OBJECTIVES: To determine whether age is associated with survival following major amputation and whether this association is independent or simply reflects selection bias in amputation level. DESIGN AND MATERIALS: Computer linkage of routine discharge and death data on the 2759 patients undergoing major amputation in Scotland between 1989 and 1993 for peripheral arterial disease. METHODS: Cox's proportional hazards model and multivariate logistic regression analysis using death as the outcome variable and age, sex, urgency, amputation level and recent arterial reconstructive surgery as predictor variables. RESULTS: Proximal amputation was more common in older patients. Survival was associated with both age (p < 0.001) and amputation level (p < 0.001). Age was an independent predictor of death at 30 days (p < 0.0001), 6 months (p < 0.001), 12 months (p < 0.0001) and 2 years (p < 0.0001) postoperation. CONCLUSIONS: Survival following amputation was poor, with only half the patients alive at 2 years. Above-knee amputation was associated with poorer survival, presumably due to the presence of more severe and widespread disease, and was undertaken more commonly in older patients. However, age remained a predictor of survival after adjustment for amputation level. Higher early mortality suggest that a worse prognosis in elderly patients cannot be attributed wholly to actuarial considerations.  (+info)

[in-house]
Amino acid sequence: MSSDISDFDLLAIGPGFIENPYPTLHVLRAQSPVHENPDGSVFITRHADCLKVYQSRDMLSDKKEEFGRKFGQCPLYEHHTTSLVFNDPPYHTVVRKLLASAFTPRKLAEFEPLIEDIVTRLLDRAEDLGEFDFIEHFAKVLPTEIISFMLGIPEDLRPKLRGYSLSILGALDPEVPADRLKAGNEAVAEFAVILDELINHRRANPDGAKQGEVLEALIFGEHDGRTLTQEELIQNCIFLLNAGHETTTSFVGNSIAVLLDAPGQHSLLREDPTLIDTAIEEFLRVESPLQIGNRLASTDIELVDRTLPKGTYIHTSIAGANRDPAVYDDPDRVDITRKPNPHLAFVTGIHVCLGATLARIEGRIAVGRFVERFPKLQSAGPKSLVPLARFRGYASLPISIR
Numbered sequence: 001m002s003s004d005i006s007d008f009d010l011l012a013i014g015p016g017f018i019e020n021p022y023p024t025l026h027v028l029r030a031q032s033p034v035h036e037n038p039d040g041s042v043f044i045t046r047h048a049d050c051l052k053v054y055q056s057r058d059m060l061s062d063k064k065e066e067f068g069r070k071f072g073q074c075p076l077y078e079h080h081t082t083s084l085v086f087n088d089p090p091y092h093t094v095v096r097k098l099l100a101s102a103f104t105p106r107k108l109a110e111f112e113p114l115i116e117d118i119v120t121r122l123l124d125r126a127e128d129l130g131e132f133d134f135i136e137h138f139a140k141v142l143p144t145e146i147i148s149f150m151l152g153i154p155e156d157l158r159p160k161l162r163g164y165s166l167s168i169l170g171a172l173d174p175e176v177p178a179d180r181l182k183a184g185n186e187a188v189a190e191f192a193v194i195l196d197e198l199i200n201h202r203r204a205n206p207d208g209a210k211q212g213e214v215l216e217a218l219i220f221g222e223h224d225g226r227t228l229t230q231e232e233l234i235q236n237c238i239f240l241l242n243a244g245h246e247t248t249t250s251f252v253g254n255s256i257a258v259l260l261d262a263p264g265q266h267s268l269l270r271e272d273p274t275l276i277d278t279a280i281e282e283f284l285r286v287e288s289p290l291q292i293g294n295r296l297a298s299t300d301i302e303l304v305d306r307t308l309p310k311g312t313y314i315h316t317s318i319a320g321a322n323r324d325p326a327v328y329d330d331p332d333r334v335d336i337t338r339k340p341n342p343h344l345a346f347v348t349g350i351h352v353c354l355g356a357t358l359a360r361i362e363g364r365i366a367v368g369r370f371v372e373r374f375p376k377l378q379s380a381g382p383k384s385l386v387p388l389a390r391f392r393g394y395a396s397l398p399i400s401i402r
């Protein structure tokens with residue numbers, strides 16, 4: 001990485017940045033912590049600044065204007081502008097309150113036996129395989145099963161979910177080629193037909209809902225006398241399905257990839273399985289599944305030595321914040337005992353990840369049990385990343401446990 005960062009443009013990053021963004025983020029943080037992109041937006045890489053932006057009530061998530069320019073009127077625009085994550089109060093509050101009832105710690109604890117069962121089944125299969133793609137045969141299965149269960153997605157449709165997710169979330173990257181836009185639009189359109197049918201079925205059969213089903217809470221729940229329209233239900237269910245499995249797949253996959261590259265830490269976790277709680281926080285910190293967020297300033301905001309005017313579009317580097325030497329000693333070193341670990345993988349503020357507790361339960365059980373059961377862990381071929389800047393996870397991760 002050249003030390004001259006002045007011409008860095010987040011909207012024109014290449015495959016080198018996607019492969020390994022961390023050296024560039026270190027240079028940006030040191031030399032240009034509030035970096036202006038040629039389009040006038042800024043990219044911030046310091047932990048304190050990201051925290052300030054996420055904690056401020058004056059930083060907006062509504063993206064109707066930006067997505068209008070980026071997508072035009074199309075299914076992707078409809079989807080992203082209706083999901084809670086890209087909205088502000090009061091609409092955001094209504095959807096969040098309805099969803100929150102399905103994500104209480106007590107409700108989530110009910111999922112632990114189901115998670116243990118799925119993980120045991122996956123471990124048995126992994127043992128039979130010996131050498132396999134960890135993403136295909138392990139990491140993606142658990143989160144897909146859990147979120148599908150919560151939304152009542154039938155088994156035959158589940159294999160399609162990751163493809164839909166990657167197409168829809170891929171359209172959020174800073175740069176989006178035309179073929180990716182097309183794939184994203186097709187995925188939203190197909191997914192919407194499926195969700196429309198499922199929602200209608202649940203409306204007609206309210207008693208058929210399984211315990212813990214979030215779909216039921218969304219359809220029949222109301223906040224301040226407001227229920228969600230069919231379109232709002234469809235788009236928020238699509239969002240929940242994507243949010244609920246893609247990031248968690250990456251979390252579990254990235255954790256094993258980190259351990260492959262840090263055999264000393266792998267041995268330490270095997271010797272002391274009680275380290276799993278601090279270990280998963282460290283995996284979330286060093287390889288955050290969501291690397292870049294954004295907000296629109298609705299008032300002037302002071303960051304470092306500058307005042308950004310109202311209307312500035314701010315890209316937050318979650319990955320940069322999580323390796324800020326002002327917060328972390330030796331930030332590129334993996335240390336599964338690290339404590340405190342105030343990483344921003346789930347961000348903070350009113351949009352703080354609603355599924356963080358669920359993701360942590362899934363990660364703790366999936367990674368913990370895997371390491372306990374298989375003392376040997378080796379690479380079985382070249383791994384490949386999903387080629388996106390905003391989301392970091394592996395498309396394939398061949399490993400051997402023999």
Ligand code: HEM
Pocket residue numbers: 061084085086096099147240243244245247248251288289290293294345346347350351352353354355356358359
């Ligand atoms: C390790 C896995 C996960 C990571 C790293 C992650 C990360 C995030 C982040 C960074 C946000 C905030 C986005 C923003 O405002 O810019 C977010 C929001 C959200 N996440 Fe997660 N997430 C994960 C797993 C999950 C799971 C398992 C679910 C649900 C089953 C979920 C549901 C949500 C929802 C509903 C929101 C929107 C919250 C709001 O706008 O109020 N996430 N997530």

Long-term functional status and quality of life after lower extremity revascularization. (4/1348)